Push notifications

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APPLE

You’ll be able to track your ads better, plus push alerts are coming to Safari

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Apple’s flipping the cart this week…

We mentioned yesterday how the company dished apps a new blow by making it mandatory to use Apple’s in-app purchases feature for social media boosts and promoted posts.

But that’s not the only “pushy” thing: Apple also announced web push notifications support in their recent macOS update, which means push notifications are coming to the Safari browser.

Since push alerts can be a good retention tool, it’s nice to know that you’ll be able to use them to notify Safari users, too.

Also, the new SKAdNetwork version could help advertisers better track and measure their ad performance.

Basically, the updated framework will help you know if an ad is working by attributing app installs to specific ads campaigns. Good news!

Why we care: Apple clearly has big advertising revenue goals, and better attribution and web push notifications are certainly handy for marketers.

Here’s hoping the other changes are as useful…


ADVERTISING

It’s slowing down…

A number of big tech companies shared their Q3 earnings this week.

And there’s some good news and some bad news.

The good news: GoogleMicrosoft and Spotify’s advertising revenues have increased compared to the same period last year.

…all except for Youtube.

The bad news: The growth rate was slower than expected:

  • Google’s total advertising sales increased to $54.5 billion from $53.13 billion the previous year, but fell short of analysts’ expectations of $56.58 billion.
  • Microsoft’s search and news advertising revenue increased by just 16% over the previous year.
  • Spotify’s ad-supported Revenue grew 19% year-over-year to €385 million. The growth was slower than expected.

YouTube shrinks: YouTube ad revenues fell for the first time since Google began disclosing them publicly.

They were $7.2 billion last year, and today they were reported to be $7 billion.

According to Evelyn Mitchell, principal analyst at Insider Intelligence: “When Google stumbles, it’s a bad omen for digital advertising at large.”

Why we care: There’s a common trend among tech companies of growth slowing… barring exceptions.

But from adversity comes opportunity… And there might be more opportunties to buy ads from the “big hitters” for discount prices as advertisers keep cutting their ad spend.


SPONSORED BY INSENSE

9 times out of 10 whitelisted ads win on paid social

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Thumbstops, CTR, and watch times are almost always better than other ads.

With BFCM quickly approaching, there’s no better time to test out whitelisting – especially with UGC content.

UGC adds the social proof, and whitelisting improves the ad experience. It’s a win win!

There’s still time to get UGC for your BFCM campaigns as it only takes a few weeks through Insense.

Insense is a one-stop shop where you can collaborate with creators for UGC, organic posting, and whitelisted ads on Instagram and TikTok Spark Ads.

Also, the whitelisting process is integrated into the platform, so you can run whitelisted ads in just 1 click!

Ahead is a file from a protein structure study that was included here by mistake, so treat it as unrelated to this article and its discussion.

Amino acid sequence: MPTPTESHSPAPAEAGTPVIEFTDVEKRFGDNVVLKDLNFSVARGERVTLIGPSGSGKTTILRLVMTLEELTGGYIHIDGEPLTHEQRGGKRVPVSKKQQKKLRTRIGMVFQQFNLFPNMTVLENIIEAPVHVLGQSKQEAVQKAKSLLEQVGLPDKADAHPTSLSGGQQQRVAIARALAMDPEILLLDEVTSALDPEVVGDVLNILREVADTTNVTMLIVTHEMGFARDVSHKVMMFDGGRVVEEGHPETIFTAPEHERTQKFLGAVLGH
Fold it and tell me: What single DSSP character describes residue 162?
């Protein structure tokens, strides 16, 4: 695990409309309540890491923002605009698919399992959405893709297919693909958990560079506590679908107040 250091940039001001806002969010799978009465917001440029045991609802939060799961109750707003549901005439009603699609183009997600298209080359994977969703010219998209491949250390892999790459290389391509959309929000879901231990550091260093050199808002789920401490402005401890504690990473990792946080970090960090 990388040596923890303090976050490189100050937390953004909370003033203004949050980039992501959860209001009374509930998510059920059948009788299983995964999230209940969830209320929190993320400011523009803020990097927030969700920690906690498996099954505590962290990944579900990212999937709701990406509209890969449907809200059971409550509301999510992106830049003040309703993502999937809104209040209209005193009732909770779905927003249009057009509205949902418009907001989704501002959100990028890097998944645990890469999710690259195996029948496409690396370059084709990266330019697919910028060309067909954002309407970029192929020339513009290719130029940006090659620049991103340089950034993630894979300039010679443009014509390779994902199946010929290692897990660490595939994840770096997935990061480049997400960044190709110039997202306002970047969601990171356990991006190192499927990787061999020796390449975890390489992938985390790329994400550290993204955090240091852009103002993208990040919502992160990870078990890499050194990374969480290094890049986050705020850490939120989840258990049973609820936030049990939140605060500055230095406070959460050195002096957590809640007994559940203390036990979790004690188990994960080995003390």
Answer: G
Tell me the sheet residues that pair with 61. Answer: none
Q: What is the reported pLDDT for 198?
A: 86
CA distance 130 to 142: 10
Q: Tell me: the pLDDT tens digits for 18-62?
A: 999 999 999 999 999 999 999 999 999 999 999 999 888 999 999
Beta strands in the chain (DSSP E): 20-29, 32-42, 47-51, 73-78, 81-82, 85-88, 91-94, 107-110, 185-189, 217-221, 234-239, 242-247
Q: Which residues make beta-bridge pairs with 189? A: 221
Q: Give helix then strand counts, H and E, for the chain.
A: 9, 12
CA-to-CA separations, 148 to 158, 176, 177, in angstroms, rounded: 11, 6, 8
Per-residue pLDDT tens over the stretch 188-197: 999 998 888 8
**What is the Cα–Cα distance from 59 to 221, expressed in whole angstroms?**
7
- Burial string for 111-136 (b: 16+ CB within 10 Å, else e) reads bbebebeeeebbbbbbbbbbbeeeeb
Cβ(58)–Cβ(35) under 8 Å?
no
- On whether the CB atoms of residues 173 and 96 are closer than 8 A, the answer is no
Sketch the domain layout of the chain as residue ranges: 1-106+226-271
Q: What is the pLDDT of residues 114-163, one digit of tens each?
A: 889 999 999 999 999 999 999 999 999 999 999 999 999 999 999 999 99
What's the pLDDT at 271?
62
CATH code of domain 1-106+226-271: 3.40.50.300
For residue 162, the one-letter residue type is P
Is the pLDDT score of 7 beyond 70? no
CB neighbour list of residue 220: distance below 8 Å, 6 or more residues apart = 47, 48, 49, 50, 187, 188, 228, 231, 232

They’re also offering Stacked Marketer readers up to $200 platform credits until Nov 2.

Ready… Set… Go! Book a call to claim the offer.


EMAIL MARKETING

How to craft an apology email that puts out fires quickly

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Ooops!

You just realized there’s a massive mistake in your email… but you’ve already hit “send.”

Your stomach sinks into your shoes while your error lands in thousands of inboxes.

Believe it or not, this happens to the best marketers too. And while you can’t turn back the clock, you can make amends with a good ol’ apology email.

According to email expert Kath Pay, an effective apology email can maintain customer trust. It can even amplify brand loyalty and add personality to your business!

Of course, do it wrong and… well, that’s two mistakes in a short time. And that may cost you.

So Kath recommends a few essential things every apology email should do:

  • It should go out quickly, preferably as soon as you discover your error.
  • Apologize and explain the mistake clearly and sincerely.
  • Correct the error and offer reassurances if needed.
  • Use your original email template to match your brand tone and keep consistent.
  • Give customers a reason to click regardless of the mistake.

And most important of all… get the subject line right.

Kath recommends against putting “Ooops” in the subject line. It may seem friendly, but it won’t make your customers feel any better.

Also, avoid mentioning the error in the subject line without explaining the problem. Customers may think you’re trying to push another campaign through.

Kath also shows how a few brands nailed their apology emails:

  1. Just Eat resolved an issue in a timely manner with a concise, on-point copy and a juicy discount.
  2. VisionDirect used a clever pun (“turtle-y sorry”) and a concise explanation, and they extended their deadline to appease users.
  3. Secret Escape sent their entire email in Norwegian so they had to apologize… in Norwegian! Clever way to introduce the rest of the email.

Hopefully you never need these tips. But if you do, as long as you’re sincere and quick, a good apology email can help customers move on—and even make them like you more.


SPONSORED BY SALESFORCE